Dinner at the Above & Beyond restaurant, Hong Kong

Above & Beyond Hong Kong - 1

“Above & Beyond” sounds more like something Buzz Lightyear would say than the name of a restaurant. The Above & Beyond restaurant sits on top of the Hotel Icon at the eastern end of Tsim Sha Tsui, near the entrance to the Cross Harbour Tunnel.  In the course of our research as to where to eat in Hong Kong, this particular restaurant appeared on our radar for various reasons: the food reviews were generally good; it is a restaurant associated with designer Terence Conran; a 28th floor view of the Hong Kong skyline; and its tie up with the Hong Kong Polytechnic University and an extension of its School of Hotel and Tourism Management. The prices on the menu look reasonable and so we made a reservation for dinner at Above & Beyond.

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There seems to be a new trend for new Chinese restaurants in Hong Kong to be clothed in trendy and contemporary interior settings.  Above & Beyond restaurant  is one of them and another recent one we visited was Duddell’s. The contemporary decor theme worked well here especially when Terence Conran can put his  interior design skills to good use. The only problem was that the lighting was so dim.  We could hardly read the menu and had to ask for some clip on lights.  More critically, it adversely impacted our ability to take photos. Perhaps the darkness was to facilitate the view of the Hong Kong skyline. In the context of today’s instagram world,  we urge all restaurant owners to provide good lighting for food photos.

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It was nice to get a window seat and enjoy the view of the Hong Kong skyline.  But it is quite a distant view as the Hotel Icon is located far to the east end and inland. If views are important it is better to dine at restaurants nearer the water and in the middle stretch of Tsim Sha Tsui.  But still, there was some entertainment as a laser light show comes on around 8 pm from the top of the a building in Central (the IFC mall I think).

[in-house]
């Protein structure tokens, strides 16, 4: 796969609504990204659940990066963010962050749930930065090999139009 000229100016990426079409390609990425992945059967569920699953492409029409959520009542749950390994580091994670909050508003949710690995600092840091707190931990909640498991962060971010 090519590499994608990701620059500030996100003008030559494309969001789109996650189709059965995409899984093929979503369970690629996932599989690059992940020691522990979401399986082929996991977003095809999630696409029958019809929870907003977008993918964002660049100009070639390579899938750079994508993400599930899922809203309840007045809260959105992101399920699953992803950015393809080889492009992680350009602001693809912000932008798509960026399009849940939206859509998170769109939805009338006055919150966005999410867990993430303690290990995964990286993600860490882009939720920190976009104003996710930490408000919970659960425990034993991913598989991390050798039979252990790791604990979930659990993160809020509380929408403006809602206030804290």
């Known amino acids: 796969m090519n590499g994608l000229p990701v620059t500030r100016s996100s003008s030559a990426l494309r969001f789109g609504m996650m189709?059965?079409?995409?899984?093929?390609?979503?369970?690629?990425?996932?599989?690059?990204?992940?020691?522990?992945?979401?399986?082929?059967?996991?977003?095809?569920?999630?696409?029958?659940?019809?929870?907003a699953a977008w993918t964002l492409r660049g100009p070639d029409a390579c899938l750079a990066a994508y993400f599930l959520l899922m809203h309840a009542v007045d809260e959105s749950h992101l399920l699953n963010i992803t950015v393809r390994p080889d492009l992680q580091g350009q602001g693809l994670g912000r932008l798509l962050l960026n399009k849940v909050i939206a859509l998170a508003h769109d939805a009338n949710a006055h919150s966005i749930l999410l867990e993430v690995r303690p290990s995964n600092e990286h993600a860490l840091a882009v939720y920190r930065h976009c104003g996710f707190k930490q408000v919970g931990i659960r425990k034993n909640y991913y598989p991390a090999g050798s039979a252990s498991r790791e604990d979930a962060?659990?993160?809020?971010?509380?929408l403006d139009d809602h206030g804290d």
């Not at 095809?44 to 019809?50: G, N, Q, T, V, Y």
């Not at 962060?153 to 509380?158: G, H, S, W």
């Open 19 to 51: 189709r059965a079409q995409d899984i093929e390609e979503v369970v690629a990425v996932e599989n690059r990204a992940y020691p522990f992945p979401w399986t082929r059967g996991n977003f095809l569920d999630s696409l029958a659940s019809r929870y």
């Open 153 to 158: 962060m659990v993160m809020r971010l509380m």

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Anyway, back to the business of eating. Here are some badly taken photos of the menu and wine list. We made a selection of four dishes – char siew roast pork (HK$168), crab claw (HK$138), wok fried eggplant with beancurd skin (HK$168) and a claypot rice with preserved meats (HK$238).

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Service was quick, in fact too quick. The first three items arrived at the same time. A word with the manager ensured that the main dish – the claypot rice was kept away until we were ready for it. The teaming of the restaurant with trainee restaurant staff is certainly a good idea. Other than the  hurried pace of service of those dishes, it was not obvious that some of the staff were students.

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The crab claw was a piece of crab cake with a part of a pincer inserted into it to look like a claw.  Not bad, but we were expecting real crab.

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We selected the char siew pork while riding up the lift to the 28th floor. There was a LED screen in the lift that displayed some dishes served at the restaurant and this was one of them. It looked so good on the screen that we were sold on it. The real thing did not look as good, but the taste was great. There is quite a bit of difference between Hong Kong and Singapore char siew. The Hong Kong version seems to use more fatty cuts of meat resulting in oily but more tasty roast pork. The Singapore version uses drier meats and has more charred bits which can be very nice as well.

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The fried eggplant on a bed of bean curd skin looks like a plain dish but the simple taste of these two ingredients were very good.

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Finally, the claypot rice with preserved meats like chicken and Chinese sausages was served. It was a large pot that could be a complete meal for two by itself. The smell and flavours of the meat could be detected as soon as the lid was removed. A very tasty and heavy end to our meal.

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As part of the modernisation of Chinese restaurants, we also noticed that there is a greater attention to the wine lists of the Hong Kong restaurants. At Above & Beyond restaurant there was an extensive wine list and a very decent selection of wines by the glass. We tried a couple and the wine that stood out was the  2010 Gaja Brunello di Montalcino. Quite pricey at HK$170 per glass but a very delicious wine to go with our char siew and claypot rice!

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Ratings:
Food: 4
Service: 3
Value: 3
Atmosphere: 3
Overall Rating: 3 TOPs
3 Tops

 

Above & Beyond
28th Floor, Hotel Icon
17 Science Museum Road
Tsim Sha Tsui East
Kowloon, Hong Kong

Hotel Icon Website

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